I reviewed Crisis Economics: a Crash Course in the Future of Finance By Nouriel Roubini with Stephen Mihm for the Irish Times “Book of the Day” slot. You can read the review here.
Paul Krugman recently blogged on the apparent shift in public opinion on health care reform from negative to positive once the bill had been passed by the House of Representatives. His comments brought to my mind the following influential paper from some time ago by Raquel Fernandez and Dani Rodrik on the political economy of reform processes:
Resistance to Reform: Status Quo Bias in the Presence of Individual- Specific Uncertainty
Author(s): Raquel Fernandez and Dani Rodrik
Source: The American Economic Review, Vol. 81, No. 5 (Dec., 1991), pp. 1146-1155
Published by: American Economic Association
Why do governments so often fail to adopt policies which economists consider to be efficiency-enhancing? Our answer to this question relies on uncertainty regarding the distribution of gains and losses from reform. We show that there is a bias towards the status quo (and hence against efficiency-enhancing reforms) whenever some of the individual gainers and losers from reform cannot be identified beforehand. There are reforms which, once adopted, will receive adequate political support but would have failed to carry the day ex ante. The argument does not rely on risk aversion, irrationality, or hysteresis due to sunk costs.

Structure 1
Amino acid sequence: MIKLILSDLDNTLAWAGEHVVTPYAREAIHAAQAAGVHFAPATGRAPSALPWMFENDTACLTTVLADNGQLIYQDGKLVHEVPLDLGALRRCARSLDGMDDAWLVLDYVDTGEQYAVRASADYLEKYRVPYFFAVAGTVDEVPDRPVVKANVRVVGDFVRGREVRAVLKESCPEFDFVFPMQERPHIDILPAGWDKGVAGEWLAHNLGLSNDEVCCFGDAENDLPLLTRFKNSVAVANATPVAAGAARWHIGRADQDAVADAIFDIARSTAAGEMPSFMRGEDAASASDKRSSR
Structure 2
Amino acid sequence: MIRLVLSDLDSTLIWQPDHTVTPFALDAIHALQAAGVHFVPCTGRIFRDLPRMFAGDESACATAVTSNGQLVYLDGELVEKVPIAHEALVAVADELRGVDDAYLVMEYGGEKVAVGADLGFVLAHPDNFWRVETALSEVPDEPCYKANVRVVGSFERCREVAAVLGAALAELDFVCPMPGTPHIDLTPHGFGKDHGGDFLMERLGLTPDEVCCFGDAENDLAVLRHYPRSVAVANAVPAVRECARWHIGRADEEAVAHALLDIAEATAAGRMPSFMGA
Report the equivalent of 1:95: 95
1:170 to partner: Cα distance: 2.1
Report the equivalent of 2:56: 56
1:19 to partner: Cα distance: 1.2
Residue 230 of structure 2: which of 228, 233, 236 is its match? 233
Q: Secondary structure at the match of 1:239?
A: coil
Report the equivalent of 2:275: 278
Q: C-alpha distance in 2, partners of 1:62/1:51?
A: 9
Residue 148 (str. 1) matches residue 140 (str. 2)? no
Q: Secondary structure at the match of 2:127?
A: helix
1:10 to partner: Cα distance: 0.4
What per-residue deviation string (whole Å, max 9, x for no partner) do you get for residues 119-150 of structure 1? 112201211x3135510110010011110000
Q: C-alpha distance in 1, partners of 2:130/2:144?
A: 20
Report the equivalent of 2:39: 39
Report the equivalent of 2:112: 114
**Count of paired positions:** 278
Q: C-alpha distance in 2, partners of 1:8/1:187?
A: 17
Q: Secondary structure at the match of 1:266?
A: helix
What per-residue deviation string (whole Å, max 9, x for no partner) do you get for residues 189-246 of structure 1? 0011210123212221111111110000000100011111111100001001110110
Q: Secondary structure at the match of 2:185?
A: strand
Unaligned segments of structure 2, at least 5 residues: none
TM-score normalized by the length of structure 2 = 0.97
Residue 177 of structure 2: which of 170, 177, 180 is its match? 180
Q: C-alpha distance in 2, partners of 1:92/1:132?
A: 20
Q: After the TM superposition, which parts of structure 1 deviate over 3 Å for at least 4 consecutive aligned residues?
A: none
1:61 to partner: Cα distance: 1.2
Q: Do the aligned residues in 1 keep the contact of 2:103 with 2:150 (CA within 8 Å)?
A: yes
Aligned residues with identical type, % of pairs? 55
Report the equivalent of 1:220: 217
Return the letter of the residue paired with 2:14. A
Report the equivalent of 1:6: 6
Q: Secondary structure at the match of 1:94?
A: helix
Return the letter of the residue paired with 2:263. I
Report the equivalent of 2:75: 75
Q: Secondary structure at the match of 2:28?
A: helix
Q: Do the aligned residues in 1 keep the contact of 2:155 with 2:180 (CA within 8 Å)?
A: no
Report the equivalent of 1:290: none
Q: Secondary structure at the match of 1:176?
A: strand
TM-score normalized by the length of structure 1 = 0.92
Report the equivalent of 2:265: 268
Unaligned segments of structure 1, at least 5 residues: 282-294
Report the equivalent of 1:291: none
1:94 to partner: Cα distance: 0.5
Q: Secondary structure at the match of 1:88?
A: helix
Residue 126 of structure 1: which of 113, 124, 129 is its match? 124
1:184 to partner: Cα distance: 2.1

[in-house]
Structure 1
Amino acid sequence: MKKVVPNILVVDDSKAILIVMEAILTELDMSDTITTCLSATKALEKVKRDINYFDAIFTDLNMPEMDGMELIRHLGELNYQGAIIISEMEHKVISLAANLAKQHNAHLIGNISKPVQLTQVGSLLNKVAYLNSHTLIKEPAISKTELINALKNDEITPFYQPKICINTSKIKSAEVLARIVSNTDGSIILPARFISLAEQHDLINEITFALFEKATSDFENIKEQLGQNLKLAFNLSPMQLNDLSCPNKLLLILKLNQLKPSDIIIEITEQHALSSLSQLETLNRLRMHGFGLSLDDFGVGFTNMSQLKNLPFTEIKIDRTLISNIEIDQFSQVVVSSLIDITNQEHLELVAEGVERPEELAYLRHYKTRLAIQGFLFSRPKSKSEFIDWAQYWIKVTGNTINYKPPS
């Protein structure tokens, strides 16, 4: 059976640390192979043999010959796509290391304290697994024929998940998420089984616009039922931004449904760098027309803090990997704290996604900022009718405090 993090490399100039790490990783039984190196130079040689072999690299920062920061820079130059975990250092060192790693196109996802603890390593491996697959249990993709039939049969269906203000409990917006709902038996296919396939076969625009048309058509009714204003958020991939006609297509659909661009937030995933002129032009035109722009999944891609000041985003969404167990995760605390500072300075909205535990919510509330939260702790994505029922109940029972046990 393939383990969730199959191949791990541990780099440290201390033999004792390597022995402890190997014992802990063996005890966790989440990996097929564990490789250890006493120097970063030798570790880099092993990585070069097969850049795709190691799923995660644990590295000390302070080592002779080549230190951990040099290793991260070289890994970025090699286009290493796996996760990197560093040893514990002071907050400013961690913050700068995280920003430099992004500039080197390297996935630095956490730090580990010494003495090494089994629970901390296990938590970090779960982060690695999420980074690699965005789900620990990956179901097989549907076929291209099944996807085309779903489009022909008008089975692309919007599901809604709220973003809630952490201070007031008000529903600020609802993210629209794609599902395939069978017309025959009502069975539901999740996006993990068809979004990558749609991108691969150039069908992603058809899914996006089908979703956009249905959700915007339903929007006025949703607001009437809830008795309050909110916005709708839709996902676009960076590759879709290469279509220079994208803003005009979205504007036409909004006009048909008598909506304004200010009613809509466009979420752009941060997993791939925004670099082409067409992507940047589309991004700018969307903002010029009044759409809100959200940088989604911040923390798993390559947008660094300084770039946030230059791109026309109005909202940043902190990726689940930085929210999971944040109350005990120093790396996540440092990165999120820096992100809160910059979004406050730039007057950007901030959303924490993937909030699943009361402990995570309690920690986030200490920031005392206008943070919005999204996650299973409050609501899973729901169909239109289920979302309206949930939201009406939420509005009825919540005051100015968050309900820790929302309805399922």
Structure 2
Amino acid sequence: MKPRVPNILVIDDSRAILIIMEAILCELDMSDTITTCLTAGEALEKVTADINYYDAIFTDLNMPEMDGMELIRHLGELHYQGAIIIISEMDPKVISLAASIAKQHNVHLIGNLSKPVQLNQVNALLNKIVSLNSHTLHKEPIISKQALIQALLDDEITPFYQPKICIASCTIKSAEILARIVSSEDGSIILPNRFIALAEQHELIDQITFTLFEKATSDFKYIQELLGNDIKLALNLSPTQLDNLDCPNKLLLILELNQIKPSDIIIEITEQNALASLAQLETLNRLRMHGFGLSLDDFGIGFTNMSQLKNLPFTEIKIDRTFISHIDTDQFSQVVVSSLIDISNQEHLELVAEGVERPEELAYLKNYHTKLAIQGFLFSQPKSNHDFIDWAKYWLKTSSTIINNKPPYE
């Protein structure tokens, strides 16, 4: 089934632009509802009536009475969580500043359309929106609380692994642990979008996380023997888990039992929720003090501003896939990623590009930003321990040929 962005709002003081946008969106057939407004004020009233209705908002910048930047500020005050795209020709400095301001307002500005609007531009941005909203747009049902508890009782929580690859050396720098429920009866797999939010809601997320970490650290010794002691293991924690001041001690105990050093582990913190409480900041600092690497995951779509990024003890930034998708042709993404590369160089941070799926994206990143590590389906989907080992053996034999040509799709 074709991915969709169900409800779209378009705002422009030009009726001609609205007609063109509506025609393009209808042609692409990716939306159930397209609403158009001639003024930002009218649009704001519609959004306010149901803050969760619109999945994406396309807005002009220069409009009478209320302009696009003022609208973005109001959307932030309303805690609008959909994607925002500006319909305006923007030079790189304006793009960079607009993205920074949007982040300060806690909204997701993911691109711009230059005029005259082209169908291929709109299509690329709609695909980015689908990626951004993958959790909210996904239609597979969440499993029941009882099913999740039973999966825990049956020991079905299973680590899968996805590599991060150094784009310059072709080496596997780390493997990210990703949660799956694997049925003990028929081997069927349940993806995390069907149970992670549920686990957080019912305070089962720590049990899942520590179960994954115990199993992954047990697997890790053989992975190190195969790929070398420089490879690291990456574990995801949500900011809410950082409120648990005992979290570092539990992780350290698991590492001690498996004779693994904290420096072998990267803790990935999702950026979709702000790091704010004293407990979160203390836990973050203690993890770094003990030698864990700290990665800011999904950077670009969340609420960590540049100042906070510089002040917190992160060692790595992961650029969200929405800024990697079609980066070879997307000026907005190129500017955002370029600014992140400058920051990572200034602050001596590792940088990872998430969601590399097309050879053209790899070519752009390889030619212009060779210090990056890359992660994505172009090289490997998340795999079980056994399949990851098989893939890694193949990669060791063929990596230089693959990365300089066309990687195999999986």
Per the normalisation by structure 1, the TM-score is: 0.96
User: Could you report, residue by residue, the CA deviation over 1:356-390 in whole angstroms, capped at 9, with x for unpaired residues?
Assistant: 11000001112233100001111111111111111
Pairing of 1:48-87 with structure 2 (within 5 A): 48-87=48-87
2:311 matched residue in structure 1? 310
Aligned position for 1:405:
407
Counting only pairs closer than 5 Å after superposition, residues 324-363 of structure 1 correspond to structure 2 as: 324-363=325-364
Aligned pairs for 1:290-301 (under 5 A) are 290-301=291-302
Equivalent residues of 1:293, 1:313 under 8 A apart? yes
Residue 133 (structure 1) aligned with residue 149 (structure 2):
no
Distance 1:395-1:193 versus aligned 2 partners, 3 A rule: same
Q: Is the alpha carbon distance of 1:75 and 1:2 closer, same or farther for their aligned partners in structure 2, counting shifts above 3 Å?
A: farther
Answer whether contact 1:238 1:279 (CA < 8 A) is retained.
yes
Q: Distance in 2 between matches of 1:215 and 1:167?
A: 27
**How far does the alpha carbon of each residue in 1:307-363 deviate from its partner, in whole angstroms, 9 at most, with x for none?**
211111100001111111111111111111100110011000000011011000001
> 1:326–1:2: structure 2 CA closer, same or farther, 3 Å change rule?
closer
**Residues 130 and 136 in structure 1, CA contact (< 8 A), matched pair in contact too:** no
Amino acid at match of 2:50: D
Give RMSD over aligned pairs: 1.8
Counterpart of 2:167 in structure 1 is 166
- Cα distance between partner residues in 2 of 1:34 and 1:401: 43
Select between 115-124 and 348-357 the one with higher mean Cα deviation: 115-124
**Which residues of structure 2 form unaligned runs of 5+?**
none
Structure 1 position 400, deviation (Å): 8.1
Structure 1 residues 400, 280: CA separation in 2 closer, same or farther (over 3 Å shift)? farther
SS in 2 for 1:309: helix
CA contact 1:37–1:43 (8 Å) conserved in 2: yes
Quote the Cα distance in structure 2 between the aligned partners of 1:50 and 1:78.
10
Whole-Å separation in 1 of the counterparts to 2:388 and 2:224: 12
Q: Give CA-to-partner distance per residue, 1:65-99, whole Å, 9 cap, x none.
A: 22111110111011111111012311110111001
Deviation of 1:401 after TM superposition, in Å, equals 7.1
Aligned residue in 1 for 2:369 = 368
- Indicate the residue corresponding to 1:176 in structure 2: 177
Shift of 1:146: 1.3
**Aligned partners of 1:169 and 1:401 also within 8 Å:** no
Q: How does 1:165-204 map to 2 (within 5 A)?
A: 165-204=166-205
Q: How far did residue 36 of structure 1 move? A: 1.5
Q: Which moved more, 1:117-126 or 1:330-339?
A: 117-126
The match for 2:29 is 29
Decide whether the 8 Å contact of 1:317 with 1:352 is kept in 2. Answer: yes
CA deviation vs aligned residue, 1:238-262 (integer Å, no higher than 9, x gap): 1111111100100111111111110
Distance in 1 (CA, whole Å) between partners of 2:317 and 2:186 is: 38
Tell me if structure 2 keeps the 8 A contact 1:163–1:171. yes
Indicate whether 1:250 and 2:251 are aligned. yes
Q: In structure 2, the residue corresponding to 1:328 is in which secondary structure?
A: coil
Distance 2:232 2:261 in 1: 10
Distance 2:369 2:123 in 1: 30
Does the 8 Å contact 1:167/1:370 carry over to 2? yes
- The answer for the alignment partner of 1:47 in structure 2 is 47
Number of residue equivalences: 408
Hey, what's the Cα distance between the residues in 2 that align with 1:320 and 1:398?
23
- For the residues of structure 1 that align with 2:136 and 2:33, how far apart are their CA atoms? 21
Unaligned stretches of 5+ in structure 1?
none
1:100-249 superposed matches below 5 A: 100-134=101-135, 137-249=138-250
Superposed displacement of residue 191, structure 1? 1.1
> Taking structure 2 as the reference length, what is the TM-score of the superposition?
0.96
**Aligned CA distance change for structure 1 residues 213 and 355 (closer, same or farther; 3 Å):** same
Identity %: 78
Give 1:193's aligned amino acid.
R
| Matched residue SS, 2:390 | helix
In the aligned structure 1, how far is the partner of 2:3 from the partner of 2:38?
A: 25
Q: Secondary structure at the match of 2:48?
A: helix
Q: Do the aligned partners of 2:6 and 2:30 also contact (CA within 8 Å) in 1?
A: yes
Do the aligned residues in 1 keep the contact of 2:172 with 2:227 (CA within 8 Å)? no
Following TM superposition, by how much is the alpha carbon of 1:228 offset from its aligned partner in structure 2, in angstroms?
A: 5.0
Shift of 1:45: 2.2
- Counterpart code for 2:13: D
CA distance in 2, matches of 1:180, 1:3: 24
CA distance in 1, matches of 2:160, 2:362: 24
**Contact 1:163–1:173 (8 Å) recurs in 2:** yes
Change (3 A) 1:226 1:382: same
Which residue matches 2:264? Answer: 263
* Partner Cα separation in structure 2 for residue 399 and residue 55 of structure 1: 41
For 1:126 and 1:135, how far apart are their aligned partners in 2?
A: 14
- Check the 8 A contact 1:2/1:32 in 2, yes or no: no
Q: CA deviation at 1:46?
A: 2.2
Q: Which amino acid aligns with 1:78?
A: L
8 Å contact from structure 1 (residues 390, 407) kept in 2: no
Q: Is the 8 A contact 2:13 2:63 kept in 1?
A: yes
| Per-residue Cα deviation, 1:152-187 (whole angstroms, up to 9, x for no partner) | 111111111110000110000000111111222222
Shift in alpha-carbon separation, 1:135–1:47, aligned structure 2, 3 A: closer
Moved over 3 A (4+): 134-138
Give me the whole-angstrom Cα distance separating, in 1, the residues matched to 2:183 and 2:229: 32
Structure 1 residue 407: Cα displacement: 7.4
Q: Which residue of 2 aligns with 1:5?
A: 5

The full paper can be found on jstor (which requires a subscription for full-text) here.
One could of course engage with the debate as to whether any given set of reforms are in fact truly efficiency-enhancing, which is fairly core to the health care debate in the US, but it was striking that proponents of the measure were frustrated that some of the opposition to the Obama proposals came from those who the administration felt would directly benefit from it.
I guess the precise terms of the paper weren’t exactly anticipating that perceptions of reform proposals would change so quickly i.e., merely by the passage of a reform proposal, as opposed to its implementation, but the paper cited above was I think a wonderful working-through of the logic of some important messages to political reformers. It speaks, I think, to the need for policy advocacy to maximize credible information for citizens about the consequence of reform, and to the ultimate necessity for political leaders in a representative democracy to actually lead, and not merely regard themselves as uncritical conveyers of existing social preferences. More generally still, it’s a line of thought that speaks, I think, to the political possibilities of creating constituencies for reform over time. That’s especially important, I would suggest, in the midst of a crisis, when it’s tempting to imagine, for both citizens and politicians, that nothing can change for the better.